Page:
AUSTIN, Texas (AP) — Clinics were shutting down abortion services within the nation’s second-largest state Saturday after the Texas Supreme Court blocked an order briefly allowing the procedure to resume in some cases, the most recent in legal scrambles going down across the U.S. following the reversal of Roe v. Wade.
The Friday night ruling stopped a three-day-old order by a Houston judge who said clinics could resume abortions as much as six weeks into pregnancy. The next day, the American Civil Liberties Union said it doubted that any abortions were now being provided in a state of nearly 30 million people.
Amy Hagstrom Miller, president of Whole Woman’s Health, said the ruling forced an end to abortions in its 4 Texas clinics, and staff there have been winding down abortion operations and having “heartbreaking conversations” with women whose appointments were canceled.
“I ache for us and for the people we have now dedicated our lives to serve with the fabulous abortion care we offer, many who shall be denied that right within the months and possibly years to come back,” Hagstrom Miller said in a press release.
Planned Parenthood’s multiple affiliates in Texas had not resumed abortion services even after the restraining order was put in place Tuesday.
At issue was a long-dormant 1925 criminal law that targets individuals who perform abortions. Clinics had argued that it was invalid after abortion became a constitutional right across the U.S. in 1973. The U.S. Supreme Court, nonetheless, struck down the landmark Roe decision June 24, leaving abortion policy to states.
“Pro-life victory! … Litigation continues, but I’ll keep winning for Texas’s unborn babies,” said Attorney General Ken Paxton, a Republican, who had asked the state Supreme Court to intervene.
Individually, Texas has a 2021 law that was designed to ban abortion within the event that Roe were overturned. It takes effect within the weeks ahead.
“Extremist politicians are on a crusade to force Texans into pregnancy and childbirth against their will, irrespective of how devastating the results,” said Julia Kaye of the ACLU.
Demonstrators gather on the federal courthouse following the Supreme Court’s decision to overturn Roe v. Wade, June 24, 2022, in Austin, Texas. (AP Photo/Eric Gay, File)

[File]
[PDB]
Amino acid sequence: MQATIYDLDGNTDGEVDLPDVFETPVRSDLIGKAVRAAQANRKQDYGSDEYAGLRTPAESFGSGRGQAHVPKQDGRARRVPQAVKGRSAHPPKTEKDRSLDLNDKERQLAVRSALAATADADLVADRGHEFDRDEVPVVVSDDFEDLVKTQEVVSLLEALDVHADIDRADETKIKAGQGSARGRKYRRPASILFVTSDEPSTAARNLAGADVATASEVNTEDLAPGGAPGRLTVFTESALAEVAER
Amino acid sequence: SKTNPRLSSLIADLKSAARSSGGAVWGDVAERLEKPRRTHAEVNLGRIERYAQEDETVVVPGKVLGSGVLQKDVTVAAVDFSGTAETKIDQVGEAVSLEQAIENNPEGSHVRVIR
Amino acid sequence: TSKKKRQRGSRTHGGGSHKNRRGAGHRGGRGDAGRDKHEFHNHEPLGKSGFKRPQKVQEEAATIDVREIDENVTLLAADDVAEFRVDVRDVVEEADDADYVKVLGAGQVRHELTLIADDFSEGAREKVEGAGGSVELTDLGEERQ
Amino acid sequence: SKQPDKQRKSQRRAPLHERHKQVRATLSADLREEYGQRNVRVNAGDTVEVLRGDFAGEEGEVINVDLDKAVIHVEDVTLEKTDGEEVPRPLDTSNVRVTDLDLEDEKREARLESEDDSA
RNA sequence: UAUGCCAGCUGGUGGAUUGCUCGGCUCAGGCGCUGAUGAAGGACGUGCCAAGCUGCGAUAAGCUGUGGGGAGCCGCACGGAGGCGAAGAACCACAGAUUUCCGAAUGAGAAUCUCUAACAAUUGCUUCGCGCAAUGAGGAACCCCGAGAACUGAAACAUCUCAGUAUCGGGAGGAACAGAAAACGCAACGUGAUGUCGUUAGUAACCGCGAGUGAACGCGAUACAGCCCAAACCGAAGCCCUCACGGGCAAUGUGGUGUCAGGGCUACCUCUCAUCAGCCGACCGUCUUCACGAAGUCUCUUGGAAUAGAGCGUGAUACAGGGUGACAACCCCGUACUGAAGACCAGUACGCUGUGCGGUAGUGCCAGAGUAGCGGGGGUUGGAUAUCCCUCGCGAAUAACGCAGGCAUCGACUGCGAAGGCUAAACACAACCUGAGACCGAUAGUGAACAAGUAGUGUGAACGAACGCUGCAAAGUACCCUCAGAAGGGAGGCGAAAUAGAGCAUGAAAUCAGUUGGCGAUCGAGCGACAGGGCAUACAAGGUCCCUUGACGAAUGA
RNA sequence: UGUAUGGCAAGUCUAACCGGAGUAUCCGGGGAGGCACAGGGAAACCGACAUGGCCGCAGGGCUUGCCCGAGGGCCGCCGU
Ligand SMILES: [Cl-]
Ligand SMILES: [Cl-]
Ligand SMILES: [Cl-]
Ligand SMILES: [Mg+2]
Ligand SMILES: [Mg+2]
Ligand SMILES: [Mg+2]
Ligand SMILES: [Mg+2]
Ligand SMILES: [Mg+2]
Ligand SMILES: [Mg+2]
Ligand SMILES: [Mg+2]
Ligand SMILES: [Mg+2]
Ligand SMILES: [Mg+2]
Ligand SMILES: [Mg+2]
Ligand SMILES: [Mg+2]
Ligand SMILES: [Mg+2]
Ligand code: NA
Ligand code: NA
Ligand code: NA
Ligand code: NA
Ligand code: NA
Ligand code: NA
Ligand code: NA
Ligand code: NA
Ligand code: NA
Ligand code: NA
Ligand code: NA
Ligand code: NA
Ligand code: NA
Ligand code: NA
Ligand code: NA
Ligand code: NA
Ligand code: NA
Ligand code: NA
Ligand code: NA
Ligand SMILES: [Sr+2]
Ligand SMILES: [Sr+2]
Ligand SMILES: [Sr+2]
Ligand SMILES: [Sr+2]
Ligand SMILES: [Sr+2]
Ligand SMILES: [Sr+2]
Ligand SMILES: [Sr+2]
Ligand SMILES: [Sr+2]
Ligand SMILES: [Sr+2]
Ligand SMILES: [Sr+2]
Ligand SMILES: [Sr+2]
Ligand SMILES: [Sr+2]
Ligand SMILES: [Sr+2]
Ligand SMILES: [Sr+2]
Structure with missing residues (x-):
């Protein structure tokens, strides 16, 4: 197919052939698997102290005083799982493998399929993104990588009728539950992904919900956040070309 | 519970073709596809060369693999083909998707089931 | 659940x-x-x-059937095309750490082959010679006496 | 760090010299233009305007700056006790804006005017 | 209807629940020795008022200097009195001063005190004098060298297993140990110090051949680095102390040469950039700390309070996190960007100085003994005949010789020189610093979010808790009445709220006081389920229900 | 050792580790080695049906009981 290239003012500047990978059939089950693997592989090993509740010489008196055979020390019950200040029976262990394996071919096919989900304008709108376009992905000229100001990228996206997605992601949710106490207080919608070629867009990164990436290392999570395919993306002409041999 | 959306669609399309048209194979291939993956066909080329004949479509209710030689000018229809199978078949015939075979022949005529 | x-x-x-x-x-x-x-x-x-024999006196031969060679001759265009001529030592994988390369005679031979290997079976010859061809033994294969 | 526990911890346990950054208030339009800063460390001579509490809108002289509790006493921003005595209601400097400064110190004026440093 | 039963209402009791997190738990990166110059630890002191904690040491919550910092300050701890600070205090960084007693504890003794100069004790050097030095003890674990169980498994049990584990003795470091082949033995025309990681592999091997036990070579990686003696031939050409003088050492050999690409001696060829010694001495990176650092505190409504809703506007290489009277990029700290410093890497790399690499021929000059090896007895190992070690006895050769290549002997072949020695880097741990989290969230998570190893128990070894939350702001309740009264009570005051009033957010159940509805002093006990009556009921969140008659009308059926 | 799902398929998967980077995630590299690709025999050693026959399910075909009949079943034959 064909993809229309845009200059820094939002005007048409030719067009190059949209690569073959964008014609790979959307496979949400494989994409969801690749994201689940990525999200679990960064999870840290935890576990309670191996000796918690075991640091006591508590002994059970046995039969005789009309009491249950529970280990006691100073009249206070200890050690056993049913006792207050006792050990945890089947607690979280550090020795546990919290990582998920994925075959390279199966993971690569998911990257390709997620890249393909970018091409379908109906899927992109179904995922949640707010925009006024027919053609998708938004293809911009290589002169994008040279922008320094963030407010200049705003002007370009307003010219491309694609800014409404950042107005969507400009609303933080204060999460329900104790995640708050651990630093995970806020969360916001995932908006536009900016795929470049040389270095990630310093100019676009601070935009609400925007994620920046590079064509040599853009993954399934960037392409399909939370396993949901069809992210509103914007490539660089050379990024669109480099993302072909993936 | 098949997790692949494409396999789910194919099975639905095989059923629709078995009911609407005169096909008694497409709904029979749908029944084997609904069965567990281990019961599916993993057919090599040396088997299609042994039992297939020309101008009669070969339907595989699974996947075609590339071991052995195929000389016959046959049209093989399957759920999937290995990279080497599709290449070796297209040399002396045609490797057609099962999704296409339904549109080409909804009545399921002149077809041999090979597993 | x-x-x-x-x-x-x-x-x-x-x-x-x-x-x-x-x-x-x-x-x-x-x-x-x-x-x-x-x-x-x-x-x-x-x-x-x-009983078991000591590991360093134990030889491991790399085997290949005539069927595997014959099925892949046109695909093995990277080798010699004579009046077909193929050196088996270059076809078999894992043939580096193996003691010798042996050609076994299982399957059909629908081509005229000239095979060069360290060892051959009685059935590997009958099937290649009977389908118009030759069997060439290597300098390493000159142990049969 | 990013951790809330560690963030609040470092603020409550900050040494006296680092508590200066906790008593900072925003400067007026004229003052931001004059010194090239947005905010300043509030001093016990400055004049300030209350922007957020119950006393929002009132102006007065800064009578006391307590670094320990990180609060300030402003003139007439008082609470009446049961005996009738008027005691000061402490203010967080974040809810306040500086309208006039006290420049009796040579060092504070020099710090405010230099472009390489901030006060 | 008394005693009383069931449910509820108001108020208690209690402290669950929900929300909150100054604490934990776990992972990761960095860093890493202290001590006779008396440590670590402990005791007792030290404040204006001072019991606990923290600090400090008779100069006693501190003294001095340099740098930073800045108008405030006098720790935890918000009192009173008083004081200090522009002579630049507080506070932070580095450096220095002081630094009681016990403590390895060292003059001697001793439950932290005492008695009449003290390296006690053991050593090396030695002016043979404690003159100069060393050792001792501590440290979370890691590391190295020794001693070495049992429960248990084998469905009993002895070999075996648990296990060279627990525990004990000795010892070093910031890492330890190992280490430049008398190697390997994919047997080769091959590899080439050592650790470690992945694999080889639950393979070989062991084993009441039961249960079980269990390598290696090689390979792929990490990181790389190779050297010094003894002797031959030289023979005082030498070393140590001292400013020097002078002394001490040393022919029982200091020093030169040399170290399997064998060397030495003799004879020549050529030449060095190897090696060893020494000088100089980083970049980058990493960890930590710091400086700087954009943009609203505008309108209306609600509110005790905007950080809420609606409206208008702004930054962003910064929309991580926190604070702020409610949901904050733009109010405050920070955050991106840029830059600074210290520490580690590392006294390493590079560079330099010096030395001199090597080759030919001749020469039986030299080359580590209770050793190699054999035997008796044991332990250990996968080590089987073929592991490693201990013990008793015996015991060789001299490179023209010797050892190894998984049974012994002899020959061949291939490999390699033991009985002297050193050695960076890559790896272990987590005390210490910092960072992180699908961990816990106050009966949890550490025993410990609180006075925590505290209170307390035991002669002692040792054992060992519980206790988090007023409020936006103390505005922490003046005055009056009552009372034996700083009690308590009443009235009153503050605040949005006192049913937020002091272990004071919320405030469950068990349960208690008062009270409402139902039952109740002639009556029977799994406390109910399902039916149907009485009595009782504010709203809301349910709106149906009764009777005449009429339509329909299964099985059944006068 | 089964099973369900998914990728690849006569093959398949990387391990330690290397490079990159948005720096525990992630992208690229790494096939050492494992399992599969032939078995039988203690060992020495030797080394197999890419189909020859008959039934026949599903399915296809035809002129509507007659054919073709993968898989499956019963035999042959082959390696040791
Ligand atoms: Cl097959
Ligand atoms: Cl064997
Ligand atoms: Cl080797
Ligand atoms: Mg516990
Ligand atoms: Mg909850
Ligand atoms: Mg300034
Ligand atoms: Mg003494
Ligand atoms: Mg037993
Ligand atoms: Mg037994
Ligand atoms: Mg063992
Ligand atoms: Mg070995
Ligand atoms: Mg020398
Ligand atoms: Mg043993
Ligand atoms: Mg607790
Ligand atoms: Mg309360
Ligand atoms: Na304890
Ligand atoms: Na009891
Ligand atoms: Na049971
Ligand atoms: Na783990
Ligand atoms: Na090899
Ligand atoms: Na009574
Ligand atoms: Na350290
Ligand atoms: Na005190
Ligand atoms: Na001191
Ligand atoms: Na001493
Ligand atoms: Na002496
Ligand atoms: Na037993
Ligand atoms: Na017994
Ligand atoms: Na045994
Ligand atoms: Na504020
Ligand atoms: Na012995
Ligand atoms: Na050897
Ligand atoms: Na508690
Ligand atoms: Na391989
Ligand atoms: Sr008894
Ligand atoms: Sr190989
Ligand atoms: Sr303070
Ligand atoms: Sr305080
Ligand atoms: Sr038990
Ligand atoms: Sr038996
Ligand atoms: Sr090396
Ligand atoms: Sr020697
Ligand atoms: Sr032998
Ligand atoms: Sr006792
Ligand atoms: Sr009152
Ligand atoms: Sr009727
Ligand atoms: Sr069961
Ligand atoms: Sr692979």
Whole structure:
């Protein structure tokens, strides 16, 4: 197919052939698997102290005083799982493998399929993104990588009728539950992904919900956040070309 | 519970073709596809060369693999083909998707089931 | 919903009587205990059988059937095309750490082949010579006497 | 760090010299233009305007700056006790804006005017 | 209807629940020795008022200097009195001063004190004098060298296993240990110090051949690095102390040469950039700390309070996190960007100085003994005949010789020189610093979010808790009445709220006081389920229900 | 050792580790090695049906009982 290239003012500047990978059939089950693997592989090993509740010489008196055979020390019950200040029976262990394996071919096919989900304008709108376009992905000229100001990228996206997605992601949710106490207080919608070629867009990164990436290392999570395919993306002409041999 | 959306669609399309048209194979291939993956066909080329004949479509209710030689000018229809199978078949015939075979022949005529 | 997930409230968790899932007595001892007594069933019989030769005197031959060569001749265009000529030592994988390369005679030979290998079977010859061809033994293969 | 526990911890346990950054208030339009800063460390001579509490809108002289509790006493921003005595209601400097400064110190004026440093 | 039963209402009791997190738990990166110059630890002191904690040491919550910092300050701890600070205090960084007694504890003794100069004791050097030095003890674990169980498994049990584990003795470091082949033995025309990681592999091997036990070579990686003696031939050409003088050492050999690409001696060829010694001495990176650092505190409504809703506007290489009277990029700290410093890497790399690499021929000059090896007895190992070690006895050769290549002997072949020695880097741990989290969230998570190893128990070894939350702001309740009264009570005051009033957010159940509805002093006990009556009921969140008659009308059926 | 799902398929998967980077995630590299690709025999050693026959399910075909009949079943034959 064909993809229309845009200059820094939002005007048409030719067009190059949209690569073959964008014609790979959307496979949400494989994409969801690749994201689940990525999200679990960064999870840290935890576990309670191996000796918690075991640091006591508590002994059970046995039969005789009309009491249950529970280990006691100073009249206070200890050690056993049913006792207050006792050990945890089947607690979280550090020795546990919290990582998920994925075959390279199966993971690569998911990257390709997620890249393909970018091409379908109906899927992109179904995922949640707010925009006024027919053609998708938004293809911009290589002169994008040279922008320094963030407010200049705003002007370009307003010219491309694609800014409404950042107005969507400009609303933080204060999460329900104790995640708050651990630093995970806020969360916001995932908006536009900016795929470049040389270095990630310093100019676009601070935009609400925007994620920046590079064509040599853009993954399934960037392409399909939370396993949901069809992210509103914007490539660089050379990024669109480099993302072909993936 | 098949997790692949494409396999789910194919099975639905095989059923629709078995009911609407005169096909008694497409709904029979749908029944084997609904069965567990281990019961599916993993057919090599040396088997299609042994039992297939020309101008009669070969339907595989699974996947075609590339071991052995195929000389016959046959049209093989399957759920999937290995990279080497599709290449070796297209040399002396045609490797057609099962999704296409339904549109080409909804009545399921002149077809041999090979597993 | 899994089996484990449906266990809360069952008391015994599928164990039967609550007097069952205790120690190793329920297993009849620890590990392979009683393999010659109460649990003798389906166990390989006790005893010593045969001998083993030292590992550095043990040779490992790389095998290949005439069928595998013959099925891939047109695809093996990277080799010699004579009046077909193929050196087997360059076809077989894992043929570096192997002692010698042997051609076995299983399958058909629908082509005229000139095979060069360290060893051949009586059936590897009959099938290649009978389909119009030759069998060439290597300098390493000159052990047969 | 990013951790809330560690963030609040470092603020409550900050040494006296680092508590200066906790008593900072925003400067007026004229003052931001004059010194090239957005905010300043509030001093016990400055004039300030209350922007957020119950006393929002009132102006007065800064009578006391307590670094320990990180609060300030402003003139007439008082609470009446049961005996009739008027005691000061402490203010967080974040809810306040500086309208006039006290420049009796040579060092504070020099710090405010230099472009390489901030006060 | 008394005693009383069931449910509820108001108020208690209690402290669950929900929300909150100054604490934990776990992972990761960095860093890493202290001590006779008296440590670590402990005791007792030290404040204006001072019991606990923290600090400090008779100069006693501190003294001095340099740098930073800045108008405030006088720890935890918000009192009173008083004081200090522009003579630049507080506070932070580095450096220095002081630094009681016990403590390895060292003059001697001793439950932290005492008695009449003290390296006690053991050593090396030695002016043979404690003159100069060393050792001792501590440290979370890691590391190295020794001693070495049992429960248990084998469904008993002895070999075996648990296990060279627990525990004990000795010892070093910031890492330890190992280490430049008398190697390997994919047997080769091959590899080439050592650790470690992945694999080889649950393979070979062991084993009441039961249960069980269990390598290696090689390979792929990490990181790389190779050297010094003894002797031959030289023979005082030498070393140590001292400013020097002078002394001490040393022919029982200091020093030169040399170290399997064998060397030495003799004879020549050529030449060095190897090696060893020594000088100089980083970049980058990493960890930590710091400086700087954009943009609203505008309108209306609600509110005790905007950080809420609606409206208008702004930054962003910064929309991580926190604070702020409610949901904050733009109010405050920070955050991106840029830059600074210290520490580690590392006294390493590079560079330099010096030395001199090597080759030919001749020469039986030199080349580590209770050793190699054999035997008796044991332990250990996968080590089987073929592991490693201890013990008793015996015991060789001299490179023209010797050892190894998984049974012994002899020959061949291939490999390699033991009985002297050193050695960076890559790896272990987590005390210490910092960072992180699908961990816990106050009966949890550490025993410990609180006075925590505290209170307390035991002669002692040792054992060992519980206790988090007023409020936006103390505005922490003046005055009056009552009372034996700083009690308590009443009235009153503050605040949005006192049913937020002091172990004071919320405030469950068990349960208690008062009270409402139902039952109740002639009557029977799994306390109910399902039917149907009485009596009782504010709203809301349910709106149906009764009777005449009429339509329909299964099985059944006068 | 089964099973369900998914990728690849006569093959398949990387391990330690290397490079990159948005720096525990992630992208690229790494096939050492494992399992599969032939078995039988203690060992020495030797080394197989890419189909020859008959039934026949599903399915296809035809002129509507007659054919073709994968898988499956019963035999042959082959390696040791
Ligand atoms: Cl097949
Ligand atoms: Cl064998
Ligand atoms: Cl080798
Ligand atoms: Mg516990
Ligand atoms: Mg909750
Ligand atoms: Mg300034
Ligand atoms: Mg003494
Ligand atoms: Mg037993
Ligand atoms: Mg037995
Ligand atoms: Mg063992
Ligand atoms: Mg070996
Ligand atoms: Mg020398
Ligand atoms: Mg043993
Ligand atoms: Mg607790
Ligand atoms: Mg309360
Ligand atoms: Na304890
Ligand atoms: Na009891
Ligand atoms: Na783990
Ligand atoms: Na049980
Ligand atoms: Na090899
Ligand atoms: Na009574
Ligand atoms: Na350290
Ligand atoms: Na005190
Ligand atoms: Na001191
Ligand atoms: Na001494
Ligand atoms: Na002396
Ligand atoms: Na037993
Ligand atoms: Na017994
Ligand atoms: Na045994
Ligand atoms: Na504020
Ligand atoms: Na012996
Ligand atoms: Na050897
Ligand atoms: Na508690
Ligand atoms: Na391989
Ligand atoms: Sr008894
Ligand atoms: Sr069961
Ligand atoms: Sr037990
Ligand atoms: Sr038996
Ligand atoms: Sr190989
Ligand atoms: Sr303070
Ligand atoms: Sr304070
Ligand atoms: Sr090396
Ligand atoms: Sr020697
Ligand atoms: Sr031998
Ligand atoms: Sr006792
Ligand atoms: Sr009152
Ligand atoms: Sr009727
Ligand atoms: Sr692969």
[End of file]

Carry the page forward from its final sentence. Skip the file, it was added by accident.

Providers and patients across the country have been struggling to navigate the evolving legal landscape around abortion laws and access.
In Florida, a law banning abortions after 15 weeks went into effect Friday, the day after a judge called it a violation of the state structure and said he would sign an order temporarily blocking it next week. The ban could have broader implications within the South, as Florida currently allows greater access to the procedure than neighboring states.
Even when women travel outside states with abortion bans, they could have fewer options to finish their pregnancies because the prospect of prosecution follows them.
Planned Parenthood of Montana this week stopped providing medication abortions to patients who live in states with bans.
Planned Parenthood North Central States, which offers the procedure in Minnesota, Iowa and Nebraska, is telling patients they need to take each pills within the regimen while in a state that enables abortion.
Using pills has been probably the most common method to finish a pregnancy since 2000, when the U.S. Food and Drug Administration approved mifepristone, the major drug utilized in medication abortions. Taken with misoprostol, a drug that causes cramping that empties the womb, it constitutes the abortion pill.
Also Friday, Google, the corporate behind the web’s dominant search engine and the Android software that powers most smartphones, said it could mechanically purge details about users who visit abortion clinics or other places that would trigger potential legal problems.
Along with abortion clinics, Google cited counseling centers, fertility centers, addiction treatment facilities, weight reduction clinics and cosmetic surgery clinics as destinations that shall be erased from location histories. Users have all the time had the choice to edit their location histories on their very own, but now Google will do it for them as an added level of protection.
“We’re committed to delivering robust privacy protections for individuals who use our products, and we’ll proceed to look for brand new ways to strengthen and improve these protections,” Jen Fitzpatrick, a Google senior vice chairman, wrote in a blog post.
White reported from Detroit.